Marijuana has become one of the most popular drugs of abuse among young people, and according to the National Survey on Drug Use and Health, most teens who start using this drug do so during the summer months, when free time is ample and supervision levels are low. Teens who use this drug on a regular basis may soon find that they have little to no control over how much they use and when they use, and they may need to enroll in rehab facilities in order to get help. While enrolling a child in a program like this is difficult, the statistics indicate that parents who take the plunge could be helping their children to avoid very serious consequences later in life.
Common Patterns of Abuse
Programs that focus on addiction in young people are likely quite experienced at dealing with marijuana, since the Treatment Episode Data Set reports that 71.9 percent of teens ages 15 to 17 who enter rehab report that marijuana is their primary drug of abuse. It’s likely that treatment providers have dealt with this particular substance hundreds or even thousands of times during the course of their work, and it’s likely that they’re quite adept at determining how the drug works inside the human body and what might need to be done about the problem.
While marijuana might be a prime drug of abuse, there are many teens who abuse multiple drugs in addition to marijuana. For example, the Treatment Episode Data Set also found that about 56 percent of teens who enrolled in treatment programs for heroin also used marijuana. Treatment programs might be able to provide these teens with sophisticated help that can allow them to heal from multiple drugs of abuse, even though that might be hard for teens to do on their own without help.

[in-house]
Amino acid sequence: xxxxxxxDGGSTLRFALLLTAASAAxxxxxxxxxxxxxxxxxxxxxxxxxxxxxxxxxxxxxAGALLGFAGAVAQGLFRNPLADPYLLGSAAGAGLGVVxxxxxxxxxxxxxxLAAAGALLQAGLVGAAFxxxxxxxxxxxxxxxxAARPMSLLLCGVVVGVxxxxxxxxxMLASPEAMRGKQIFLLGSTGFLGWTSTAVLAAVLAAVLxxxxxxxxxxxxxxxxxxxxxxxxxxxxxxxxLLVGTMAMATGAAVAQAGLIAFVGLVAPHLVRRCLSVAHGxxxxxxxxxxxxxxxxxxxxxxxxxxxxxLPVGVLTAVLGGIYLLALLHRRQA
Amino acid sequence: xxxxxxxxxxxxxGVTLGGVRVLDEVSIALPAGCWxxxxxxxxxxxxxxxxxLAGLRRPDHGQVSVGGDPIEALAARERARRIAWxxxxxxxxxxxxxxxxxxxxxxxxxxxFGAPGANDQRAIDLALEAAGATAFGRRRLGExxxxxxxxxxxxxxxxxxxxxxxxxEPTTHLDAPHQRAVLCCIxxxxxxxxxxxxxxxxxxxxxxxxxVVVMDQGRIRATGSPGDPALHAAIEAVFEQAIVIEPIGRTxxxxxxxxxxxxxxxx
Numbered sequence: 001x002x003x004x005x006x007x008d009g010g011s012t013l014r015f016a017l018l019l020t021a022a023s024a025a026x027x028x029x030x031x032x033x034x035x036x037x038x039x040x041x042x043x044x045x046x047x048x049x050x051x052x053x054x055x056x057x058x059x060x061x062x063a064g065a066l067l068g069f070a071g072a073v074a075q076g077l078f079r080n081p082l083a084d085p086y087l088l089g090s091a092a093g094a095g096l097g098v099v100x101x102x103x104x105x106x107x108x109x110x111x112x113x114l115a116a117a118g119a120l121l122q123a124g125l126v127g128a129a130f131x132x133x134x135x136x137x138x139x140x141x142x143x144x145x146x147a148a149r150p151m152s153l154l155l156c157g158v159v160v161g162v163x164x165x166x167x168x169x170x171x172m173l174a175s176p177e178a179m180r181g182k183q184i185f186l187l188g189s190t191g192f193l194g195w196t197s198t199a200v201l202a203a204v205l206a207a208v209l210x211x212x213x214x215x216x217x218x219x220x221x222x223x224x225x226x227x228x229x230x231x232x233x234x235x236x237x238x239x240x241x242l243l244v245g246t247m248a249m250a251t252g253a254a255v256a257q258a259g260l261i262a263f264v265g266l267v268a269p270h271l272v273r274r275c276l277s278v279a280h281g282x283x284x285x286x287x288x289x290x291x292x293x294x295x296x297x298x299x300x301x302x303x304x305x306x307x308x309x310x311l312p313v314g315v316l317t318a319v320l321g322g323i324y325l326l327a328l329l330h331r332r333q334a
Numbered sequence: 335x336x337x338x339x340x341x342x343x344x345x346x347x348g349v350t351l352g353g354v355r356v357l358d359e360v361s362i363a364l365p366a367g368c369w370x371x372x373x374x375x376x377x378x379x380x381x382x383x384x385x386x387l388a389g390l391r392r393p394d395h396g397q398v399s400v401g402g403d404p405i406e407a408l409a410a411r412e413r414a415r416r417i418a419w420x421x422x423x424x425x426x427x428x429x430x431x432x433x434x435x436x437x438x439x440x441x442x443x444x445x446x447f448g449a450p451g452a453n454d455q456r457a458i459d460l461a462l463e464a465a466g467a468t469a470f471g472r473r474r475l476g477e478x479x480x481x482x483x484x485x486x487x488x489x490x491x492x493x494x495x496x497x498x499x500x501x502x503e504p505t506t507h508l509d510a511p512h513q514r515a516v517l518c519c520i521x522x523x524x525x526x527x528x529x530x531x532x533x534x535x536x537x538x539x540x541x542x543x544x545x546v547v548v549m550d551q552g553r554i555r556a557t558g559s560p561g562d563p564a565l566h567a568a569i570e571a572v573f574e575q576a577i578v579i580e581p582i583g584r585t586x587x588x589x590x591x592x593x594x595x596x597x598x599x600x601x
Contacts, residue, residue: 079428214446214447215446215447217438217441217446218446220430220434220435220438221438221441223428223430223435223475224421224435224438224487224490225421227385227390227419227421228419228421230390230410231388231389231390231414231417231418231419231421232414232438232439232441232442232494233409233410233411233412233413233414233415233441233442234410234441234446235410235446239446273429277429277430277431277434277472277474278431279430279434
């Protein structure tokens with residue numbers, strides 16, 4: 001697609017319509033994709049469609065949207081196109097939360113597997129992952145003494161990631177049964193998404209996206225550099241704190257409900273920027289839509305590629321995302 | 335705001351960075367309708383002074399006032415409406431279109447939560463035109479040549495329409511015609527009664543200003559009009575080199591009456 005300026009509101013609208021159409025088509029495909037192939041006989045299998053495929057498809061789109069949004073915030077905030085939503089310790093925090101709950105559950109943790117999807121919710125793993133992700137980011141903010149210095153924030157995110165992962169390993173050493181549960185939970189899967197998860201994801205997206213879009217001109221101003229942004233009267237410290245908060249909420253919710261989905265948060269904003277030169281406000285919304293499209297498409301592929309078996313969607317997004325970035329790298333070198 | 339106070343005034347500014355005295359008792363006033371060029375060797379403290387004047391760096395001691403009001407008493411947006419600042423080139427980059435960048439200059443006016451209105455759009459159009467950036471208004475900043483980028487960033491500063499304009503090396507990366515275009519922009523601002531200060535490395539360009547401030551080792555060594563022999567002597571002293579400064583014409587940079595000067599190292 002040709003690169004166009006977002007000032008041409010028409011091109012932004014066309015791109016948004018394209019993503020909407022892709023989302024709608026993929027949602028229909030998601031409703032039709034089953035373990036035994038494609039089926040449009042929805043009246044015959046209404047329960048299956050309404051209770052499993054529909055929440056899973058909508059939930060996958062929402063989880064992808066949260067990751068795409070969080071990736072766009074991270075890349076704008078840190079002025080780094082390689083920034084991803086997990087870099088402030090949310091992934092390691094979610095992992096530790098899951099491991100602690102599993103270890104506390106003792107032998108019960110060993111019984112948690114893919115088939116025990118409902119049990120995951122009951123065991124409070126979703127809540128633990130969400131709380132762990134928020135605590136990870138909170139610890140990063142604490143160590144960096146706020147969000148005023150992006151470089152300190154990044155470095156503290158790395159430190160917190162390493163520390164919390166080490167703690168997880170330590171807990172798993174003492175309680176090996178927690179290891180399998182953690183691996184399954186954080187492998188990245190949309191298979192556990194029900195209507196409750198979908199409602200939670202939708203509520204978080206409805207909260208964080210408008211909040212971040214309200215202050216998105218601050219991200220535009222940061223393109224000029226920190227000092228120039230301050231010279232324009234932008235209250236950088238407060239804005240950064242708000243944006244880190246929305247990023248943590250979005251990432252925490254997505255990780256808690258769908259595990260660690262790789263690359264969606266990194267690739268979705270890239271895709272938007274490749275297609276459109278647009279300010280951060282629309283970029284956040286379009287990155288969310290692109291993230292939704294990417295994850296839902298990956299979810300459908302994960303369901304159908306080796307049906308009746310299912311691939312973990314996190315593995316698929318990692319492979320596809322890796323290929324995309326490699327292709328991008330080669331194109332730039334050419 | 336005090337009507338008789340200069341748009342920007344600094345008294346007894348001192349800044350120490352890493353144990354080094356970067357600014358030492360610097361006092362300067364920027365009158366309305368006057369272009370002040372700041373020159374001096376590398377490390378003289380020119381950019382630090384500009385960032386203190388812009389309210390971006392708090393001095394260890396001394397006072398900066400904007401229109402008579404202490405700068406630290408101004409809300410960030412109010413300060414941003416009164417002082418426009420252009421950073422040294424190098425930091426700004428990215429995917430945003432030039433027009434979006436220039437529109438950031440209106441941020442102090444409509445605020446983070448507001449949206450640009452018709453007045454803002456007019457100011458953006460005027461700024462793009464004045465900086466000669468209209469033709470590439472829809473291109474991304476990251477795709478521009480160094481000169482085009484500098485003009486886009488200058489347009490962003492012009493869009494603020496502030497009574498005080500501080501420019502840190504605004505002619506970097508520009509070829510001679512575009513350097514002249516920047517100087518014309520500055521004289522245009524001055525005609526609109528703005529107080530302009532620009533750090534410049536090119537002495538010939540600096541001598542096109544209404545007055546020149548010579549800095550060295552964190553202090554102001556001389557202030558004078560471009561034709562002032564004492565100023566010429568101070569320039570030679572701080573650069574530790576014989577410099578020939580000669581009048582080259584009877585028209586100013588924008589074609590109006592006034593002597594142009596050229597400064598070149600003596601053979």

In comprehensive marijuana rehab programs, teens have access to all sorts of resources that can help them to heal, including:
- Individual therapy
- Group therapy
- Support groups
- Medication management
- Experiential therapy
- Family therapy
- Addiction education
All these resources are designed to help teens understand their minds and the triggers that can lead to the compulsive use and abuse of drugs. Those teens who succeed in these programs could prevent some of the very real problems marijuana can cause. For example, the Substance Abuse and Mental Health Services Administration reports that adults who used marijuana prior to age 12 were twice as likely to develop a serious mental illness, when compared to those who used the drug when they were 18 or older. Young teens who go through rehab may stop the abuse and prevent at least some damage, and they may have the tools that could allow them to handle future mental health challenges without relying on drugs. The lessons they learn could help them to succeed in life, where they may have struggled without the help of a rehab program.
When rehab is complete, teens will have many of the tools they’ll need to successfully fight an addiction, but they’ll still need a significant amount of help from their families. In fact, a study in the journal Psychology of Addictive Behaviors suggests that adhering to continuing care (likely in the form of therapy and support group meetings) is closely associated with reduced substance abuse among teens who complete a residential addiction program. Parents will need to stay involved, in order to ensure that their teens continue to improve and participate in treatment.
If you’d like to learn more about marijuana rehab, or you have questions about how long the program might take and what it should accomplish, please call us.